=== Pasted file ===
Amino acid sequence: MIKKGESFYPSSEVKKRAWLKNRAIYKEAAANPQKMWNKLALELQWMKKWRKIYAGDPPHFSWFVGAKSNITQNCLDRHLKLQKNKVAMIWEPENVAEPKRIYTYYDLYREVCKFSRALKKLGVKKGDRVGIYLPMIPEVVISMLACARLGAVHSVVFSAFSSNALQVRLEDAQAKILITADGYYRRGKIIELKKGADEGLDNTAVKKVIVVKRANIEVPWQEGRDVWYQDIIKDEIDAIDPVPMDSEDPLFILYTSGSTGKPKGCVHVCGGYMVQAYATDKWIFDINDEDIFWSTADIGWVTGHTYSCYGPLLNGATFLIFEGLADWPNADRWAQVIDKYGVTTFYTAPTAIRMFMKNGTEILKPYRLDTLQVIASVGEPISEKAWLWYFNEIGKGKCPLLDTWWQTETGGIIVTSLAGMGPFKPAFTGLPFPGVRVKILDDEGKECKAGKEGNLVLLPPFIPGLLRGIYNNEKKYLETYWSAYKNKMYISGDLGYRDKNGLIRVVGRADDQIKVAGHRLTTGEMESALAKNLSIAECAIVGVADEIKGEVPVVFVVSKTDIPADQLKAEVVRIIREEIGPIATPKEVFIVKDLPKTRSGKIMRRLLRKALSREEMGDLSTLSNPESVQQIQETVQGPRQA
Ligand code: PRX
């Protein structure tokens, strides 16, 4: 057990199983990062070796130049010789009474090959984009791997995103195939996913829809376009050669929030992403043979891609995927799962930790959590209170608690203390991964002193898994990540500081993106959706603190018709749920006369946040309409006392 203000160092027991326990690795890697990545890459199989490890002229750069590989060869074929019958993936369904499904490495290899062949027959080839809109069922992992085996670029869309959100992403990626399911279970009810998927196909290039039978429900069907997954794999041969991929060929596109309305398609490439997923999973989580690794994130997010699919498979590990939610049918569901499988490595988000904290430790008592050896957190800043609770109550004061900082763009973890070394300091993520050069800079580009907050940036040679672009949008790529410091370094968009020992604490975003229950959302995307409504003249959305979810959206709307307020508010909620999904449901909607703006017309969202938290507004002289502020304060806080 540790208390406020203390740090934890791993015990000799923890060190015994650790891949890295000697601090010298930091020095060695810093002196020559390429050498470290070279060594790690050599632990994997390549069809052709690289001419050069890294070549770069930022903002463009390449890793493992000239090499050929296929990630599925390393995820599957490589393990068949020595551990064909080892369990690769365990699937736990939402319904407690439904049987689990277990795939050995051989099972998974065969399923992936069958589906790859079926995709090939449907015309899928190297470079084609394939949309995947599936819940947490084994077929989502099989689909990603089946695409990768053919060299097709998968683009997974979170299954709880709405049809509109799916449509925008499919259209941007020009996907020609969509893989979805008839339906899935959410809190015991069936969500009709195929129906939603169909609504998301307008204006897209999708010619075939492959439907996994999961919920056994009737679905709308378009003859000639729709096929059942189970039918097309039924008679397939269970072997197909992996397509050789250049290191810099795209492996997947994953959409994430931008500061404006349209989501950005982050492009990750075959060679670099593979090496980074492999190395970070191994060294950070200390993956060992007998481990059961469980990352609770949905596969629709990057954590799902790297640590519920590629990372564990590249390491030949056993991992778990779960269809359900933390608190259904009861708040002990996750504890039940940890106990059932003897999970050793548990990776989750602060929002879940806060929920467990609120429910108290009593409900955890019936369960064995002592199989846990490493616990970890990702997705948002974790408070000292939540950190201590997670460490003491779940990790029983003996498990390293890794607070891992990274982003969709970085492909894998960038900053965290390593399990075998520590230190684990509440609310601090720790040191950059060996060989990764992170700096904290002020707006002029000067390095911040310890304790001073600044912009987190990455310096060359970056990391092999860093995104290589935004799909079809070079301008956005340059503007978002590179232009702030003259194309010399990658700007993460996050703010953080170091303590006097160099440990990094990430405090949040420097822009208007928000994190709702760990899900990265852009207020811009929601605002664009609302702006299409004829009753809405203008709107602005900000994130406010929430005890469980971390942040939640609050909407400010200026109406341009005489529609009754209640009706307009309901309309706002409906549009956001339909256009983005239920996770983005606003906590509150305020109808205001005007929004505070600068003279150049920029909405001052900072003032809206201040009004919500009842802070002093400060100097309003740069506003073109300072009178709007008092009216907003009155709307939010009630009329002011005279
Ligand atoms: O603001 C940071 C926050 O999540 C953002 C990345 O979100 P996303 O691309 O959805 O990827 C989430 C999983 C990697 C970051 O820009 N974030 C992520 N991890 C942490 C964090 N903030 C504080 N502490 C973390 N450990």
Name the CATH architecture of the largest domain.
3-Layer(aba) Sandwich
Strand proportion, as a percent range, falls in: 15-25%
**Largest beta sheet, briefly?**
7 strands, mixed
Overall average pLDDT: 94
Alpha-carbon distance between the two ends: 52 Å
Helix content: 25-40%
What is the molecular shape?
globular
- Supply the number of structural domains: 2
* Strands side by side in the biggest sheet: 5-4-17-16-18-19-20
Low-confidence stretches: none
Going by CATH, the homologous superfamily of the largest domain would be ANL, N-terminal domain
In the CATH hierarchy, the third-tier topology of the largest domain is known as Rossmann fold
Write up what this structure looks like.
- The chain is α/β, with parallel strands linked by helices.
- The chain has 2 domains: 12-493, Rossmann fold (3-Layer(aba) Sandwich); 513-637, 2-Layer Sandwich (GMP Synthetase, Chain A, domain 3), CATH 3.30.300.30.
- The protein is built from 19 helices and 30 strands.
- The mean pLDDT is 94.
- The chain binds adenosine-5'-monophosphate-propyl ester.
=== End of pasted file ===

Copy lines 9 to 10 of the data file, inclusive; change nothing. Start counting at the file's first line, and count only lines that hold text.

7 strands, mixed
Overall average pLDDT: 94